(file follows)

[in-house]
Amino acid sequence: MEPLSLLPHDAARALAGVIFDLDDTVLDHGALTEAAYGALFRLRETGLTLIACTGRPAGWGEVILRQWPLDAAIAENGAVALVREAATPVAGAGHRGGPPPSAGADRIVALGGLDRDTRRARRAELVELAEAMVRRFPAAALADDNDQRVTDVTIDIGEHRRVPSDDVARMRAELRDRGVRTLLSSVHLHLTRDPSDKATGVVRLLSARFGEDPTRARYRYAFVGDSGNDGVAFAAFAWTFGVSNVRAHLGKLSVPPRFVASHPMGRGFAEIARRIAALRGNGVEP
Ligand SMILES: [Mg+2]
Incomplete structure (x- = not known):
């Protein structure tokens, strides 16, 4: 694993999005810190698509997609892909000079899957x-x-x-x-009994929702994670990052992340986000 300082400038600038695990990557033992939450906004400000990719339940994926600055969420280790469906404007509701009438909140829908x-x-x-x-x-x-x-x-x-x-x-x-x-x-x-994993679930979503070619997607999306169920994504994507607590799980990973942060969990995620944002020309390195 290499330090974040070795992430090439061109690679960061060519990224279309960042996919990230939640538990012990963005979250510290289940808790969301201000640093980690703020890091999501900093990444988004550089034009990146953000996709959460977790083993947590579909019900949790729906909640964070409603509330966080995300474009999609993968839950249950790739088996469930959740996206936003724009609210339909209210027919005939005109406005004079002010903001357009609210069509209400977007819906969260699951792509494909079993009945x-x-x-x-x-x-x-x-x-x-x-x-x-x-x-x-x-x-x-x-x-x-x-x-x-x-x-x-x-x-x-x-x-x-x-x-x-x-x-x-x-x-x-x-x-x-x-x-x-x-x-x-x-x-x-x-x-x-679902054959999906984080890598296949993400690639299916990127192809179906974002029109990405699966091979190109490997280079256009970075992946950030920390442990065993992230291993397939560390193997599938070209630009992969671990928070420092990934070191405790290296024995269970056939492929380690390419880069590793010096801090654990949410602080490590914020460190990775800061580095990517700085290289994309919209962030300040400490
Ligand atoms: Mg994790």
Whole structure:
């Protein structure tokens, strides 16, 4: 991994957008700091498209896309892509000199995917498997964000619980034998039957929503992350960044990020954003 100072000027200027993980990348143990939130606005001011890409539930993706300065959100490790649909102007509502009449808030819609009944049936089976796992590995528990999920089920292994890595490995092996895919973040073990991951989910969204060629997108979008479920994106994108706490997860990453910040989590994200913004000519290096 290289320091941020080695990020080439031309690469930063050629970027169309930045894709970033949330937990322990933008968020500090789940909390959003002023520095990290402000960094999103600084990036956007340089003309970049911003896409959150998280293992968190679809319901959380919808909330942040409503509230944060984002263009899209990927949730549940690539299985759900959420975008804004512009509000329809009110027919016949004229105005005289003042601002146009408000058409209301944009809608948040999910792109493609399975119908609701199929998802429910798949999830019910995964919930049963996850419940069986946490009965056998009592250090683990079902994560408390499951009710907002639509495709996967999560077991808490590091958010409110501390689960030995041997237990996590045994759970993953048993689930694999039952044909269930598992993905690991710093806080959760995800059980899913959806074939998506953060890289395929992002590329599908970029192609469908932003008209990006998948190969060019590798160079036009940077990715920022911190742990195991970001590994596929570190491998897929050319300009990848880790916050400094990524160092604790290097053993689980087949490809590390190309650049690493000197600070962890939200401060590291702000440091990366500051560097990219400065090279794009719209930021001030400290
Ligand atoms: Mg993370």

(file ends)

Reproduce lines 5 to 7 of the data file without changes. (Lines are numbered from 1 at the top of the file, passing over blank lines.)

């Protein structure tokens, strides 16, 4: 694993999005810190698509997609892909000079899957x-x-x-x-009994929702994670990052992340986000 300082400038600038695990990557033992939450906004400000990719339940994926600055969420280790469906404007509701009438909140829908x-x-x-x-x-x-x-x-x-x-x-x-x-x-x-994993679930979503070619997607999306169920994504994507607590799980990973942060969990995620944002020309390195 290499330090974040070795992430090439061109690679960061060519990224279309960042996919990230939640538990012990963005979250510290289940808790969301201000640093980690703020890091999501900093990444988004550089034009990146953000996709959460977790083993947590579909019900949790729906909640964070409603509330966080995300474009999609993968839950249950790739088996469930959740996206936003724009609210339909209210027919005939005109406005004079002010903001357009609210069509209400977007819906969260699951792509494909079993009945x-x-x-x-x-x-x-x-x-x-x-x-x-x-x-x-x-x-x-x-x-x-x-x-x-x-x-x-x-x-x-x-x-x-x-x-x-x-x-x-x-x-x-x-x-x-x-x-x-x-x-x-x-x-x-x-x-x-679902054959999906984080890598296949993400690639299916990127192809179906974002029109990405699966091979190109490997280079256009970075992946950030920390442990065993992230291993397939560390193997599938070209630009992969671990928070420092990934070191405790290296024995269970056939492929380690390419880069590793010096801090654990949410602080490590914020460190990775800061580095990517700085290289994309919209962030300040400490
Ligand atoms: Mg994790």
Whole structure: